COVID-19 in Iceland: 29 Travellers Have Tested Positive Since July 1 Skip to content

COVID-19 in Iceland: 29 Travellers Have Tested Positive Since July 1

By Yelena

Travellers Keflavik airport
Photo: A screenshot from Stöð 2. Travellers, pictured by check-in at Keflavík airport.

There are currently 17 travellers with COVID-19 in isolation at Iceland’s official quarantine facilities, RÚV reports. Most of their infections were discovered when the travellers went to get tested shortly before their scheduled departure. Since new border regulations took effect on July 1, 29 travellers have tested positive for COVID-19. Over half of them were fully vaccinated.

May have arrived with infection

On July 1, Iceland stopped requiring fully vaccinated travellers to undergo testing upon arrival in the country. Many of these travellers undergo testing shortly before departure, however, as their home countries require them to present a negative test upon re-entry. “They’ve been here for some time, and because they are vaccinated they don’t need testing upon arrival, so it’s impossible to say whether they brought the infection with them from abroad or whether they are getting infected here,” stated Gylfi Þór Þorsteinsson, director of the government quarantine facilities. The number of guests at the facilities has been increasing recently, according to Gylfi. “You could say that someone infected with COVID comes here every other day.”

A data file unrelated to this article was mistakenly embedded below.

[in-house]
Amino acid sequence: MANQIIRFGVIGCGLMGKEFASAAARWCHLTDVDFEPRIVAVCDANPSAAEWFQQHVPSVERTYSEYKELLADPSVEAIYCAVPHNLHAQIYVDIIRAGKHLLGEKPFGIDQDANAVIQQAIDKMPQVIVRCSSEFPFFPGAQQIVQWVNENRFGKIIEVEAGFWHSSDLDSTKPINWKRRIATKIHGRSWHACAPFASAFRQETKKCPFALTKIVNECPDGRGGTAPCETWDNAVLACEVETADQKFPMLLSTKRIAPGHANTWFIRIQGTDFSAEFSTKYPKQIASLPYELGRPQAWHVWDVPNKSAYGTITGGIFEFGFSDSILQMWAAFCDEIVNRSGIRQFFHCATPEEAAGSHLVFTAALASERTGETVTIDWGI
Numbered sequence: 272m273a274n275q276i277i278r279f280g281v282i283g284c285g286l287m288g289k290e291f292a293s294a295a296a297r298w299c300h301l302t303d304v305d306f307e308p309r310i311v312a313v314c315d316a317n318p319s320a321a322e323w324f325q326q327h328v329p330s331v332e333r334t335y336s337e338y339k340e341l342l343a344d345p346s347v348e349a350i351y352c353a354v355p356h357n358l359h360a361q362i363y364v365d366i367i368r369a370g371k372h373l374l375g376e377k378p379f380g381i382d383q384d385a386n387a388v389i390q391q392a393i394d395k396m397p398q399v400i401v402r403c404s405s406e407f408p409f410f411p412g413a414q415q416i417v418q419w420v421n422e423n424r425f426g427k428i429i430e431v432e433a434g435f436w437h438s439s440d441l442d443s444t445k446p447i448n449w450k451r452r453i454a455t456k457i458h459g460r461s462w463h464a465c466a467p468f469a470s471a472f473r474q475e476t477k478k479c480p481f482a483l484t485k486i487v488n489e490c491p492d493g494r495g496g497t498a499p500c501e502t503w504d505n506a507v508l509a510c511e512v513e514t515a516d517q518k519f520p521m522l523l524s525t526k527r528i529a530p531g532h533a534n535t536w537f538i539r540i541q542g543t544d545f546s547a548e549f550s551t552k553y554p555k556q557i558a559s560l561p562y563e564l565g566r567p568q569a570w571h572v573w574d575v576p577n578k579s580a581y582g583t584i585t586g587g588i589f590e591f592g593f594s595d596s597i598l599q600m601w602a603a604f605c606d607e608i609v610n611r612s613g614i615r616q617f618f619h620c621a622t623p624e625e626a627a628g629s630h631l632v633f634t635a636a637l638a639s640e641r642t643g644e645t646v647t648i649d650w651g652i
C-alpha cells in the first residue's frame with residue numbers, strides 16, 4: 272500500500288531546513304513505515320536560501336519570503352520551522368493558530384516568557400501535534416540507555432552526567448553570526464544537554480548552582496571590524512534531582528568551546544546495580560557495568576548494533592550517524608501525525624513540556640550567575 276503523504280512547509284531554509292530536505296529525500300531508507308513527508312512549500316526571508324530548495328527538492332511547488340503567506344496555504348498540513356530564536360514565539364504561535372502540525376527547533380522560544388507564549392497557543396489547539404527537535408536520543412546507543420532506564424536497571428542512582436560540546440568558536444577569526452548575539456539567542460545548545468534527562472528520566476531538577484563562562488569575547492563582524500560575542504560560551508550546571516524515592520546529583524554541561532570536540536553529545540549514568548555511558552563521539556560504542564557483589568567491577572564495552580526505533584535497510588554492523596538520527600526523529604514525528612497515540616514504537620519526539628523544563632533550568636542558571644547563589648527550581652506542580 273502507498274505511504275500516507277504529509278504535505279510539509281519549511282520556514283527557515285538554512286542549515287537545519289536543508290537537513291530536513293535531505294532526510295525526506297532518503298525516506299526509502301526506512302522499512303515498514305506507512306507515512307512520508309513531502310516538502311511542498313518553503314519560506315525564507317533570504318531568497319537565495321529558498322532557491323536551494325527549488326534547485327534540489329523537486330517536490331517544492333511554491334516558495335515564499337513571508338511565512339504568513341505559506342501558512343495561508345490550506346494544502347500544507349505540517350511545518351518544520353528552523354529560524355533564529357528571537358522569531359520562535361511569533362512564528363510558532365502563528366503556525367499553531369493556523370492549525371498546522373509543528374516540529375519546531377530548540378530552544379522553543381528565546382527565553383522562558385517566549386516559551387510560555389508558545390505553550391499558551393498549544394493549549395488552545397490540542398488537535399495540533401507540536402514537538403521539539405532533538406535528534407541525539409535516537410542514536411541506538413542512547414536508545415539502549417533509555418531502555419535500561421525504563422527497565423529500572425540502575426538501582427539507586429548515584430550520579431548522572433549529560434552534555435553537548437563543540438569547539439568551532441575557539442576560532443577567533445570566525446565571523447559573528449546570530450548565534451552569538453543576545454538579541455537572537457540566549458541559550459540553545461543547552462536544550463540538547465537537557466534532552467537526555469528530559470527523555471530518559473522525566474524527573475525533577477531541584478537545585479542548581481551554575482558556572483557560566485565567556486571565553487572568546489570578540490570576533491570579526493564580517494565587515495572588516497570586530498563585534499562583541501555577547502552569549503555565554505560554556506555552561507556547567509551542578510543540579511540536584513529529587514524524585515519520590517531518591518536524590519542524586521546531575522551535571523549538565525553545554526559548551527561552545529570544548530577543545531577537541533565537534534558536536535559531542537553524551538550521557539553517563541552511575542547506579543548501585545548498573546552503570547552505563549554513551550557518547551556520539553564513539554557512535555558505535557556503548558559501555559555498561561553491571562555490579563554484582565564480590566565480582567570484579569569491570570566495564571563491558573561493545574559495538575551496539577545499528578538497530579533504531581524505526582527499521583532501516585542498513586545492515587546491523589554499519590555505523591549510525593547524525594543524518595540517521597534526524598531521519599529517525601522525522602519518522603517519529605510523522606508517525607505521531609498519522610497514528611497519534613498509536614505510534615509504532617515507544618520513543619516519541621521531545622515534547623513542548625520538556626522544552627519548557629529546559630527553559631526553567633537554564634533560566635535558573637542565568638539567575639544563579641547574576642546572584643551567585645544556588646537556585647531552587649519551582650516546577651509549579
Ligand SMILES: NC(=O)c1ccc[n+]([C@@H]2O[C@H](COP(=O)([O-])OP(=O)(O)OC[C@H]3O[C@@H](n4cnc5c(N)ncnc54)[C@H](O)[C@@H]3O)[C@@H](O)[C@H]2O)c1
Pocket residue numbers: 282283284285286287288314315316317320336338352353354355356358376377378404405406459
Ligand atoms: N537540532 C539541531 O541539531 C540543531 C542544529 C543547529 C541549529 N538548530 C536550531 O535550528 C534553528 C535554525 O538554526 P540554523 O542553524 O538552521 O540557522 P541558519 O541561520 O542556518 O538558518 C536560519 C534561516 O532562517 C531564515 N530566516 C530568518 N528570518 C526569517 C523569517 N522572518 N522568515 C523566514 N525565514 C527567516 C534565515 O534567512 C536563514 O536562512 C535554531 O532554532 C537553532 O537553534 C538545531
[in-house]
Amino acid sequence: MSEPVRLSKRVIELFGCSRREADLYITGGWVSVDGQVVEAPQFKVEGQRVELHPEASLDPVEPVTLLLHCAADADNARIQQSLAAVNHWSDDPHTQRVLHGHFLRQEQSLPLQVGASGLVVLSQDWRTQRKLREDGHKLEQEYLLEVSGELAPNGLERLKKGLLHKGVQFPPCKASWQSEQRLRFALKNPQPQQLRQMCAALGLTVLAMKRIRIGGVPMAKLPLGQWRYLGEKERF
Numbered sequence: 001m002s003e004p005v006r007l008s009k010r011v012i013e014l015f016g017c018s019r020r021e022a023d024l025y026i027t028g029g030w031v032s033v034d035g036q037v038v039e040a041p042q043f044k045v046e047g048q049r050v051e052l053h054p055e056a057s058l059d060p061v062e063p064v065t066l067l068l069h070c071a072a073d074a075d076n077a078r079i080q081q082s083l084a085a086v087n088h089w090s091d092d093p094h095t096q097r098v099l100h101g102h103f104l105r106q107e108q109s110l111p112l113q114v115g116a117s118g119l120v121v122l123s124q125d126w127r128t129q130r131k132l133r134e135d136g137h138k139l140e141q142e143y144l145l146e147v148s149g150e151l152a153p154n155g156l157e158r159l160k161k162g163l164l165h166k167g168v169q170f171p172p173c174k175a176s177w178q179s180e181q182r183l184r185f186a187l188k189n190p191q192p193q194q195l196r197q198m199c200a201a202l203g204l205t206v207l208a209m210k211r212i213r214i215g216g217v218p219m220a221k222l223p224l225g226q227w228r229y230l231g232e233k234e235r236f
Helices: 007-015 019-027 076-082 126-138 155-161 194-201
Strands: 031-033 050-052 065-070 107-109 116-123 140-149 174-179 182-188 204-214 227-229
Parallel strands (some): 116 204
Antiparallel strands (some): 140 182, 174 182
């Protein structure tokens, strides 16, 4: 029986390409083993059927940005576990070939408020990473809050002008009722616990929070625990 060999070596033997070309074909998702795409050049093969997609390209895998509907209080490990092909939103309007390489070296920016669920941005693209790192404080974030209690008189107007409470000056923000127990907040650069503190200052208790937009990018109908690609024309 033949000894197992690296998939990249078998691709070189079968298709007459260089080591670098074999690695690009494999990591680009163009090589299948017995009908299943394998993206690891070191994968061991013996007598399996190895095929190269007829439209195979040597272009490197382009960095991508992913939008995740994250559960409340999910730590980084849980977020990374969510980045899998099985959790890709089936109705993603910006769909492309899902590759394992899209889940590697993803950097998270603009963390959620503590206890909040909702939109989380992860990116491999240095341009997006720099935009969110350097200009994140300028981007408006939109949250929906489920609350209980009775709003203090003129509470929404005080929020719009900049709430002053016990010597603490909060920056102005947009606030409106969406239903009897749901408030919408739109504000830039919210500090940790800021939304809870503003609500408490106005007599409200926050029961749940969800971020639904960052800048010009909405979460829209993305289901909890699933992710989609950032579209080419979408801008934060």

Six domestic infections can be traced to the 29 border infections that have been detected since July 1, according to Chief Epidemiologist Þórólfur Guðnason. The National University Hospital’s COVID-19 ward is currently monitoring 40 patients, most or all with active COVID-19 infections. None are hospitalised.

90% of residents 16+ are vaccinated

The decision to stop testing vaccinated travellers upon arrival in Iceland was made in consideration of the fact that 92% of women and 88% of men aged 16 and over in Iceland have received one or both shots of COVID-19 vaccine. Of the total population, 64.8% is fully vaccinated while 71.6% have received one or both shots.

“When knew exactly what risk we were taking,” Þórólfur stated. “So it is important that vaccination is as widespread as it is within Iceland. And that’s what we have to see, whether vaccination holds up and protects those who are exposed.”

Iceland’s current border regulations are valid until August 15, 2021.

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